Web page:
Greenpeace team starts Mount Logan climb for action on climate change

Feature story - June 9, 2010
(Mount Logan, Yukon) — A Greenpeace team has started its expedition to the summit of Mount Logan to send a message to G8/G20 leaders that the world needs urgent action on climate change.

Jean Philippe Leblanc, Frederic Bleau and Pierre Boutin before their expedition begins.

The team of three climbers left base camp Monday and hopes to reach the summit within a week, depending on the weather. The descent is expected to take three days. The team includes Greenpeace Canada voluntary climb leader Frederic Bleau from Montreal and experienced climbers Pierre Boutin, a teacher from Saint Adele, and Jean Philippe Leblanc, an adventure and mountaineering guide from Montreal.


The climbers have stressed the difficulty of the climb, during which they’ll face extreme weather and temperatures below freezing. Only about 25 per cent of climbers who tackle Mount Logan reach the peak.

 The Greenpeace expedition to the second highest peak in North America was planned in advance of the G8/G20 meetings in Huntsville, and Toronto, Ont., from June 25 and 27, to capture the attention of world leaders and pressure them to take action on climate change.

Mount Logan

“We are embarking on this risky journey to the highest peak in Canada because we need the G8/G20 leaders to aim higher and act to combat the climate crisis,” said Bleau. “We need them to take action at the upcoming summit because the risks of more inaction on climate change are simply too great."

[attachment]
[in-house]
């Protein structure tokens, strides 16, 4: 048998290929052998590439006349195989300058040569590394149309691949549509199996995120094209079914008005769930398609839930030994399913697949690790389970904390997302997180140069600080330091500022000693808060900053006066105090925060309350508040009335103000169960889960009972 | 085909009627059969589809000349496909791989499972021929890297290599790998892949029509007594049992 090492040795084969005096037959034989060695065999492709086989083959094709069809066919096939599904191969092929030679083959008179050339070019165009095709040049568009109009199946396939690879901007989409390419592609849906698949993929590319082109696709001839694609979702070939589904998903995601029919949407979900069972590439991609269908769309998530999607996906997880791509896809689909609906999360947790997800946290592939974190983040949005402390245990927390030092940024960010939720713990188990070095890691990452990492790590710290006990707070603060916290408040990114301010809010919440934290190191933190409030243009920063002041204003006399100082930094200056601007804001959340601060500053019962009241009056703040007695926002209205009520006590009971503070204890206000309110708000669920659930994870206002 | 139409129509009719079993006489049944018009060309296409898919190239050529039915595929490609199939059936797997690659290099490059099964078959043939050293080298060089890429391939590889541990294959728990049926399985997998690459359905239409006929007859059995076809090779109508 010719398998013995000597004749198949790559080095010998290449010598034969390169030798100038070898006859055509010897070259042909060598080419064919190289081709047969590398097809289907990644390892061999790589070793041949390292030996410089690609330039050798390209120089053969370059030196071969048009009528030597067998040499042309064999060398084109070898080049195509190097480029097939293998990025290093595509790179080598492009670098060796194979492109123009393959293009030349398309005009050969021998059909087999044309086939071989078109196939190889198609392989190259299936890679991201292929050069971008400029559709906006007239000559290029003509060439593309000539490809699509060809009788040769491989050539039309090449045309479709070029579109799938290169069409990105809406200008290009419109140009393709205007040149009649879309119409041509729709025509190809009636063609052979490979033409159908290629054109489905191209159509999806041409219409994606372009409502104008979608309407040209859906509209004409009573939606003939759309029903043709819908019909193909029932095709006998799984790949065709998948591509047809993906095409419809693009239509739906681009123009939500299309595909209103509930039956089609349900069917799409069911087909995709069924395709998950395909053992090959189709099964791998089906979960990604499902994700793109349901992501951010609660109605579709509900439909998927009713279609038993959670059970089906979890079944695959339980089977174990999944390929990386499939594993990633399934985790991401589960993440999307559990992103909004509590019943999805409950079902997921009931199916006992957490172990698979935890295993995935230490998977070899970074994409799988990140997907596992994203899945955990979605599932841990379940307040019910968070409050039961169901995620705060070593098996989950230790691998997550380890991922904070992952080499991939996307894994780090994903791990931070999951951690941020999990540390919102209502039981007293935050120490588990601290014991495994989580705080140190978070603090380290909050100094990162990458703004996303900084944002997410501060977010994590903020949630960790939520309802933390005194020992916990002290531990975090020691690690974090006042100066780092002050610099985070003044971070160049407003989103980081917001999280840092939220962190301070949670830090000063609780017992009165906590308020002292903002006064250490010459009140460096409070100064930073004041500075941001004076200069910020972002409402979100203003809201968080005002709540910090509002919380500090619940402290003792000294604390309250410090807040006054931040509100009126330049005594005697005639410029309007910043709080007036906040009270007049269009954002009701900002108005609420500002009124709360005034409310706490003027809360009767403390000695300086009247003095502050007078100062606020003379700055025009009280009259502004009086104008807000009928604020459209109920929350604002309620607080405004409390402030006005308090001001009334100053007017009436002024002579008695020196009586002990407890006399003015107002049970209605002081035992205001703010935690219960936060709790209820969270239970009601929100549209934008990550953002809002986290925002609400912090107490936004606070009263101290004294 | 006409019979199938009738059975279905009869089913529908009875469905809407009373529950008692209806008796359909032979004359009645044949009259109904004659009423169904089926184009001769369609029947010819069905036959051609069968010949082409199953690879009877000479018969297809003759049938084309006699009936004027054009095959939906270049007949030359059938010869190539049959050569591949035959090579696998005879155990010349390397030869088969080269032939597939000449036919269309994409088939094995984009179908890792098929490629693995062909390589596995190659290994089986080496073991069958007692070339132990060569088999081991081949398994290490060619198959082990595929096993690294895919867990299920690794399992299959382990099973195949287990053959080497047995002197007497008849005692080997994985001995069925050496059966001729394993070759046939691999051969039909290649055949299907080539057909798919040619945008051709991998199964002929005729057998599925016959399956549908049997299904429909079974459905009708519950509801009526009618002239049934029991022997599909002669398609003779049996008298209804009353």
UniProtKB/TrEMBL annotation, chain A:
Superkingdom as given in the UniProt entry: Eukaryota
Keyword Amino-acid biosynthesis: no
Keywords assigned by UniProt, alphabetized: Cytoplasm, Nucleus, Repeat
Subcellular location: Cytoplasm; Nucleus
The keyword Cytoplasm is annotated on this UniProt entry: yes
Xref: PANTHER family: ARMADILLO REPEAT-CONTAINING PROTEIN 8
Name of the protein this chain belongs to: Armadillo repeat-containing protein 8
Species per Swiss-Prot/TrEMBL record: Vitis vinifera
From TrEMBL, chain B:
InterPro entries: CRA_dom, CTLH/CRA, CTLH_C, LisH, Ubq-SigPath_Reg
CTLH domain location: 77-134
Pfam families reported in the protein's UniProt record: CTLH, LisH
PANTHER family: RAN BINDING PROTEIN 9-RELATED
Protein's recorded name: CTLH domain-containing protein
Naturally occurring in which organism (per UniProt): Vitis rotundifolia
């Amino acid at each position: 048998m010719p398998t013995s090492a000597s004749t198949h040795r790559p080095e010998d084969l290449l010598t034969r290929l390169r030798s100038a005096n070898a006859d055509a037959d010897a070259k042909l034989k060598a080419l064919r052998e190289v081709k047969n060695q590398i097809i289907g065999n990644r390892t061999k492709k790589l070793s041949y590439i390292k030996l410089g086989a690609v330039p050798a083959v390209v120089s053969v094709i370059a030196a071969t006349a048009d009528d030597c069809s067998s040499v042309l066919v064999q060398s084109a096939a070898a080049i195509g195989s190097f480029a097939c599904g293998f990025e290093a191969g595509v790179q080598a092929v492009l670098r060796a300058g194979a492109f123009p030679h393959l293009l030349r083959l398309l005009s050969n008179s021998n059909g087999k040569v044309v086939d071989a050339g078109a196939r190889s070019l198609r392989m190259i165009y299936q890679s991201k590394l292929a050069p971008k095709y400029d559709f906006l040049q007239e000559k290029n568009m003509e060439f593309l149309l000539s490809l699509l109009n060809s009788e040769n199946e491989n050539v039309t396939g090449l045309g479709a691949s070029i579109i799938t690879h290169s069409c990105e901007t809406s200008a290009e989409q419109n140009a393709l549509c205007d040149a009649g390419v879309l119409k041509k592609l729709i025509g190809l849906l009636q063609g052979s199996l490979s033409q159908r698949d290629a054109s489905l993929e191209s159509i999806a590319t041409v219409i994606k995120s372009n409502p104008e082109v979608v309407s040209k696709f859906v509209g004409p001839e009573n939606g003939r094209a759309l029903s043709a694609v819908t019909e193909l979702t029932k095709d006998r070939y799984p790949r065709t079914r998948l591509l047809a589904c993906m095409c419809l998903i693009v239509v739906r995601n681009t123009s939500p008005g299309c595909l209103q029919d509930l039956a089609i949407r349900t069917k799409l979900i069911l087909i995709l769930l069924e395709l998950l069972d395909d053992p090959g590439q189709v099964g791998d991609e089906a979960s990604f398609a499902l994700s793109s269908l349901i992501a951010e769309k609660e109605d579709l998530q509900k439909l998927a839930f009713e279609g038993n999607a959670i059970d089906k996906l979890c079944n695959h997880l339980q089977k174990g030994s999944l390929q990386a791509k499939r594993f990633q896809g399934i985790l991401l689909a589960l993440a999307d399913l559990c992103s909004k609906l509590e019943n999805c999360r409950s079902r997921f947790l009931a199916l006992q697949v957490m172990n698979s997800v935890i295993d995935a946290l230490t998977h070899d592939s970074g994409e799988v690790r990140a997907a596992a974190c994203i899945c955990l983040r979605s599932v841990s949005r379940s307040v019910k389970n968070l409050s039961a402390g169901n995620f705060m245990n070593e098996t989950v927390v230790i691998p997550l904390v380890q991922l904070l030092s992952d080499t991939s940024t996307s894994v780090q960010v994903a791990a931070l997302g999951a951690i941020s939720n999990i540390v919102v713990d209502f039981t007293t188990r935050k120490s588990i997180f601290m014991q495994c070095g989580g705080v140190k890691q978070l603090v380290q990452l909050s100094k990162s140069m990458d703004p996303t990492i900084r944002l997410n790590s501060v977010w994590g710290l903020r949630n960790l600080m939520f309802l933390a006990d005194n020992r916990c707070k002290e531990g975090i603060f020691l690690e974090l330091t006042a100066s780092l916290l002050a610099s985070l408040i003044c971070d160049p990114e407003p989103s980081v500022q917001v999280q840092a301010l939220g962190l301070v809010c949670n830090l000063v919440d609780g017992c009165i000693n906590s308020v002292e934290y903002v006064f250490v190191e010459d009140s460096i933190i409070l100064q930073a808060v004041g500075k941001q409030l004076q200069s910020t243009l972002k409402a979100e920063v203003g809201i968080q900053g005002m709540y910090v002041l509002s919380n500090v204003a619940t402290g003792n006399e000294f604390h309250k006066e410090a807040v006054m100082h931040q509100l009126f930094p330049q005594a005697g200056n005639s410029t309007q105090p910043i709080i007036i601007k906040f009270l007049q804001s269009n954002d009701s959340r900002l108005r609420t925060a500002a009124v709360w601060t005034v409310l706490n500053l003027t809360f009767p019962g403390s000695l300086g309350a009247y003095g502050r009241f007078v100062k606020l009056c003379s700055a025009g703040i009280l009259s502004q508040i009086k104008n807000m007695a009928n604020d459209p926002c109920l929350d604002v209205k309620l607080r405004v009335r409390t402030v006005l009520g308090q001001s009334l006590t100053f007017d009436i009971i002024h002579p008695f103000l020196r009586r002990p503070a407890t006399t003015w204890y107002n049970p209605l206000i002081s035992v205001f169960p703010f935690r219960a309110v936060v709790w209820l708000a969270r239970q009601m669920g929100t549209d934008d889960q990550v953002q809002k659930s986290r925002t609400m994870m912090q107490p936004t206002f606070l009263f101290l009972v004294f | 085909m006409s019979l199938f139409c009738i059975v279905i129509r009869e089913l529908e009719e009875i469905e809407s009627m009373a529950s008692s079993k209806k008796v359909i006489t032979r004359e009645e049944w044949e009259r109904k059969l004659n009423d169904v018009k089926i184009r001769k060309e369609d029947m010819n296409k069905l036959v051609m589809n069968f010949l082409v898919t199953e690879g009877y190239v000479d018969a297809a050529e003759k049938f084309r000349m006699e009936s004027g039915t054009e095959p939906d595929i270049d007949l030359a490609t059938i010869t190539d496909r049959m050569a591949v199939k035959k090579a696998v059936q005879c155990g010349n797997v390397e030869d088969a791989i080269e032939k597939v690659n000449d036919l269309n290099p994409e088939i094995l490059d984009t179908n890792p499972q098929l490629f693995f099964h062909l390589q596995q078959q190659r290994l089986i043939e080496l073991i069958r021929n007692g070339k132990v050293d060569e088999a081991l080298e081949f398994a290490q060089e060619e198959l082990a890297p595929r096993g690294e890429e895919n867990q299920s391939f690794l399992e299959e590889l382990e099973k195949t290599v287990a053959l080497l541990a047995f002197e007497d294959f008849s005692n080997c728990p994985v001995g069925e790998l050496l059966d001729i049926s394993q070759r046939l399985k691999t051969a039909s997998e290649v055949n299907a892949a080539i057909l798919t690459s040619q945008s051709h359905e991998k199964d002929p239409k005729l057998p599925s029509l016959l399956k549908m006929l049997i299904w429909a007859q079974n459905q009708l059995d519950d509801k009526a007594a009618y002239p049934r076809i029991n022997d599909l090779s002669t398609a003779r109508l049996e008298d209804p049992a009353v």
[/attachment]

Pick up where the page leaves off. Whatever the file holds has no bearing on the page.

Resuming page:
Canadians think climate change should be the top priority at the G8 and G20 meetings and Greenpeace agrees. However, leaked drafts of G8/G20 communiqués indicate climate change may not be a high-priority topic for the meetings. According to the Global Humanitarian Forum, over 300,000 people will die this year alone due to climate change.

“World leaders have the power to prevent catastrophic climate change,” said Dave Martin, Greenpeace climate and energy policy adviser. “Greenpeace wants the G8/G20 leaders to establish stronger reduction targets for greenhouse gas emissions, provide leadership on a green economy, end fossil subsidies and provide financing for developing countries to fight climate change.”

Greenpeace this week released an updated study on sustainable energy, Energy [R]evolution: A Sustainable World Energy Outlook, which outlines a blueprint for developing a 100-per-cent renewable energy supply for the world.

More pictures of the Mount Logan Expedition